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I won't wave the white flag for Elon Musk

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I’m not leaving Twitter. Not yet.

I understand why many are interested in boycotting the social media platform now that Elon Musk has taken over. It seems to make it a Shangri-la for right-wing trolls and hate propaganda and misinformation and He kicks journalists from the gallery who criticize him or report him in general. But every day since he took over, at least in my feed, there are still a huge number of regular people interacting with me or commenting on news or airing their grievances or asking me questions related to my pace covering Jan. 6 and its consequences.

Every day, I’m honored to tell you, I get at least one message from a random person thanking me for doing my job the way I want.

It touches me, honestly, because I know people are busy with their own lives, and yet for some reason they take a few minutes to talk to me – and not to unload a hateful tirade but to offer some gratitude or encouragement. Each time I receive these messages, I am reminded of who I work for: you. Maybe it sounds trivial to people more cynical than me, but to be honest, people who make sarcasm and cynicism the cornerstone of their personality bore me to tears of love.

For now, I can still use Twitter as a space to practice journalism. I am, for better or for worse, a strong supporter of journalism as a public service. I’m downright fanatical about this and it’s on the hill that I’ll die. It wasn’t controversial when I worked in my first newsroom, but it seems over the last 10 or so years it’s become an increasingly quaint concept or at least one that has sparked the derision of jade by many people I meet inside and outside the news industry.

I think the public owed this service to journalism and I think it’s the responsibility of journalists to help people understand power structures so they can challenge them and question them.

I’m not the best journalist in the world, far from it, but every day I learn more about the type of journalist and person I want to be throughout my career.

I learn by watching those I respect, I learn by watching those I don’t respect. Some of this happens offline. Part of this is happening online.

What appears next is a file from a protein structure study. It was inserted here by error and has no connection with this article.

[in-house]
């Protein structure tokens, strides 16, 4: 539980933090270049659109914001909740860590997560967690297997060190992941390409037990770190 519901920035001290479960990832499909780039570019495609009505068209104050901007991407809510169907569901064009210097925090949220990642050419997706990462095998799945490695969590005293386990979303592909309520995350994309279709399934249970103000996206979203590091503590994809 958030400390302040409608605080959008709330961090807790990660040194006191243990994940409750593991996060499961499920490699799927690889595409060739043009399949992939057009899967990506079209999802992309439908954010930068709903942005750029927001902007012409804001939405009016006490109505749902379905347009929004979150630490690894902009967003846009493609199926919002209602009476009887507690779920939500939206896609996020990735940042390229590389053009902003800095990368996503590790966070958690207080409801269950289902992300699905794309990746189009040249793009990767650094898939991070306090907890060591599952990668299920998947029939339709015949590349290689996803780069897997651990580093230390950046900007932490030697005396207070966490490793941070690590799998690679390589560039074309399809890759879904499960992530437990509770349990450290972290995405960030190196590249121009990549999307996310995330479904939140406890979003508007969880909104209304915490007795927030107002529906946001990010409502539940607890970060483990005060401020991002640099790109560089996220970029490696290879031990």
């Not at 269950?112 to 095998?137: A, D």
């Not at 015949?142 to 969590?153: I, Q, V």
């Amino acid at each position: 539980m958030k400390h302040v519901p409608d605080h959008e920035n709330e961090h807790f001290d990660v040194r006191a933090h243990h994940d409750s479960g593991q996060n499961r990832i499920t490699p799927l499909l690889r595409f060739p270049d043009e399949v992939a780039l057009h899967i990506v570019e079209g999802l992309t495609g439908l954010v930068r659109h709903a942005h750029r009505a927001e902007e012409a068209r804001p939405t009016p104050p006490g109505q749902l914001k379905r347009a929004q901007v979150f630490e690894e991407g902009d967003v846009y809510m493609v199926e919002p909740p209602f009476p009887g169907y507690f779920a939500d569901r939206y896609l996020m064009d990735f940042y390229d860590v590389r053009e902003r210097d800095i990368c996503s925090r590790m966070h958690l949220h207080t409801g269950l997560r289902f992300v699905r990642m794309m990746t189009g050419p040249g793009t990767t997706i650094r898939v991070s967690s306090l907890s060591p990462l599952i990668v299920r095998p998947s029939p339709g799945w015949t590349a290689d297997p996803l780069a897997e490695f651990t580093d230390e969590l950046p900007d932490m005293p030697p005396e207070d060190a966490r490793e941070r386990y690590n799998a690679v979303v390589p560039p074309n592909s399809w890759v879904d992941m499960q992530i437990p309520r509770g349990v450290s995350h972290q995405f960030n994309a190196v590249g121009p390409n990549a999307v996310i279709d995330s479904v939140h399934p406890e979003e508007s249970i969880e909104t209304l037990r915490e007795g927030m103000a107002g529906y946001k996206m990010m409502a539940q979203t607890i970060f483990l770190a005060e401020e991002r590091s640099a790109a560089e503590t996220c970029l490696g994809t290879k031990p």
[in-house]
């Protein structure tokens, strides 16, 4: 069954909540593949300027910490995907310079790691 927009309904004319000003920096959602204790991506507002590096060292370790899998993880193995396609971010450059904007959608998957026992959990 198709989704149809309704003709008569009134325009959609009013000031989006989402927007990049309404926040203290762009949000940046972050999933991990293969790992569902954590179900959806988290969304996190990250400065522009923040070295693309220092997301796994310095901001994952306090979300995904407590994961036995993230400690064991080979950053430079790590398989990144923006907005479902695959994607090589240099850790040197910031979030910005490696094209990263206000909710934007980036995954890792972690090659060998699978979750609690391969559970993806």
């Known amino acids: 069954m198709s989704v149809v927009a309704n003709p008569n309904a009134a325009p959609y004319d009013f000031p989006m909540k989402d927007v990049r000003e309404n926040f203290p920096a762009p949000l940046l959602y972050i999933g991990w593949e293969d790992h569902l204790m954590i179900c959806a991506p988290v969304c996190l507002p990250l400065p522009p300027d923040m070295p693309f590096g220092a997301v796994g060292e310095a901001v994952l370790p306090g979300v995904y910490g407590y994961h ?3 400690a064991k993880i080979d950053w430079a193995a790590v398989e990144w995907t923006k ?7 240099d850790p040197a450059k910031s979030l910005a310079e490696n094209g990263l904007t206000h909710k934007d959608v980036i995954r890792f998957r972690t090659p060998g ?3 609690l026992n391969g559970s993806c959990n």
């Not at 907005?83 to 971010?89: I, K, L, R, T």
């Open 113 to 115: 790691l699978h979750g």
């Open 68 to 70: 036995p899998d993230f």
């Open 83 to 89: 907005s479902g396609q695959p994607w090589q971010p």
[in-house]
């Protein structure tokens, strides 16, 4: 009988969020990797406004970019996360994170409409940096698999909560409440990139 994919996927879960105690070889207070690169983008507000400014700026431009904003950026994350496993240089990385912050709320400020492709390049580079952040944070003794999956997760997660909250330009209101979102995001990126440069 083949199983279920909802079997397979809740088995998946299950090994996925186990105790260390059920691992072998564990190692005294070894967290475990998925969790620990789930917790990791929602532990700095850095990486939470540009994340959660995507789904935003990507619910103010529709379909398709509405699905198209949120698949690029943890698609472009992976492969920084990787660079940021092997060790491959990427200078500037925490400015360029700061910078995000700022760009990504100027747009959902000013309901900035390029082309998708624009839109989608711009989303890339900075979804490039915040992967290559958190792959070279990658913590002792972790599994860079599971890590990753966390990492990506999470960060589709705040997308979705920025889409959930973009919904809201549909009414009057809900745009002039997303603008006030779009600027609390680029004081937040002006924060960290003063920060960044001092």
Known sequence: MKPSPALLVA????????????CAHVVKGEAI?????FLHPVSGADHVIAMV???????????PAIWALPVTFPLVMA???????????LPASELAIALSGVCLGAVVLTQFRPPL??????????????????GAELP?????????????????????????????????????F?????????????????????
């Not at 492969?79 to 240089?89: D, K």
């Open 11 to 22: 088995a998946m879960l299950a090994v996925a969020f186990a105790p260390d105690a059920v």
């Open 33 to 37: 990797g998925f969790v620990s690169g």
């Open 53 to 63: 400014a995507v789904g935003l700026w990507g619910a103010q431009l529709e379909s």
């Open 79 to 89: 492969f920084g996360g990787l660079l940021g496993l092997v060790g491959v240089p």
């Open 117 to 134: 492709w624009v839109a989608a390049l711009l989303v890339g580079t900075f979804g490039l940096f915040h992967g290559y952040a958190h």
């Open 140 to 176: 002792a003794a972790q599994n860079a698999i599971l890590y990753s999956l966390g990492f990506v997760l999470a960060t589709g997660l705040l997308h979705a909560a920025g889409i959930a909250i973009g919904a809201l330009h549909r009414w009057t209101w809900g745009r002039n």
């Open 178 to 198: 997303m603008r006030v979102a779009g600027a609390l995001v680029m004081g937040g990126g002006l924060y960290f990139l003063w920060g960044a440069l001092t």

Knowing who you are as a journalist is important if you want to do a good job, but knowing who you don’t want to be is just as important if you want to do a good job.

And for me, right now, I don’t want to be the kind of journalist who runs away from a platform that increasingly seems to need the services that I can provide there. Right now, I don’t want to be a journalist running away from a billionaire with a megaphone. Twitter isn’t all about Elon Musk, although you wouldn’t be totally wrong to think so. Twitter is always about the people who use it. And while many of these users are raging racist morons, many are not.

I won’t dump my real estate on Twitter just yet because I use it to share my articles. I use it to share articles from other journalists, academics, or analysts that I want to see amplified so people can read their work and be better informed or ask better questions.

Twitter can be a window into places or times in the world that might otherwise not be seen. This social media platform can be a force for good. It can be a force for evil. And as long as I see good out there on this platform, or people are looking for it, I won’t give it up altogether.

I’ve built a modest, organic following of around 40,000 on Twitter since 2017. I haven’t bought any followers. I have just published and methodically used the platform to extend the reach of my work and the reach of others’ work. And if I’m being totally honest, I think one of the biggest reasons people follow me on Twitter isn’t because of my direct reporting. I think most of my followers hang around because they really like my live tweets or live coverage of events they might not otherwise have witnessed if a live stream or TV show doesn’t was not available.

People have told me over the years that they liked my live tweets because it gave them the nuance they so badly craved but, in their words, they felt it lacked a 20 or 30 second clip on cable news.

They like my live tweet threads to be long (often very long) and often very detailed. These are features that journalists are often asked for by their writers or editors in the typical format.

Now I don’t hit any editor. Many have saved me from myself and their cuts are often perfectly justified and indeed editors make you better as a writer.

But long-form journalism has enjoyed a resurgence in popularity in recent years for a reason. The Clickbait as King era may reign supreme, but there’s a constant thirst for information that goes beyond the title, beyond the outrage, beyond the neatly packaged clips and chyrons.

I love Twitter because I can be concise or prolific in the same thread. I know Twitter has its problems and I know them too. I don’t like it for the same reasons most people don’t: it can be a den of hate. But so is every other social media platform I’ve ever been on.

There may come a time when Twitter is truly and utterly unusable for anyone but far-right fundamentalists and their armies of goons because Musk or his cronies kicked everyone out.

But that time has not yet arrived.

I am branching out on social media platforms and have been on Mastodon since Halloween. I like it even if it is not transparent. I’m on post. I’m willing to try anything that engages people or constructively informs them about the world they live in.

So, I’m not going to censor myself on Twitter. Not yet. I think that is precisely what Musk expects from journalists. I may be on his platform, but I will continue to play by my rules until he forcibly removes me and those like me.

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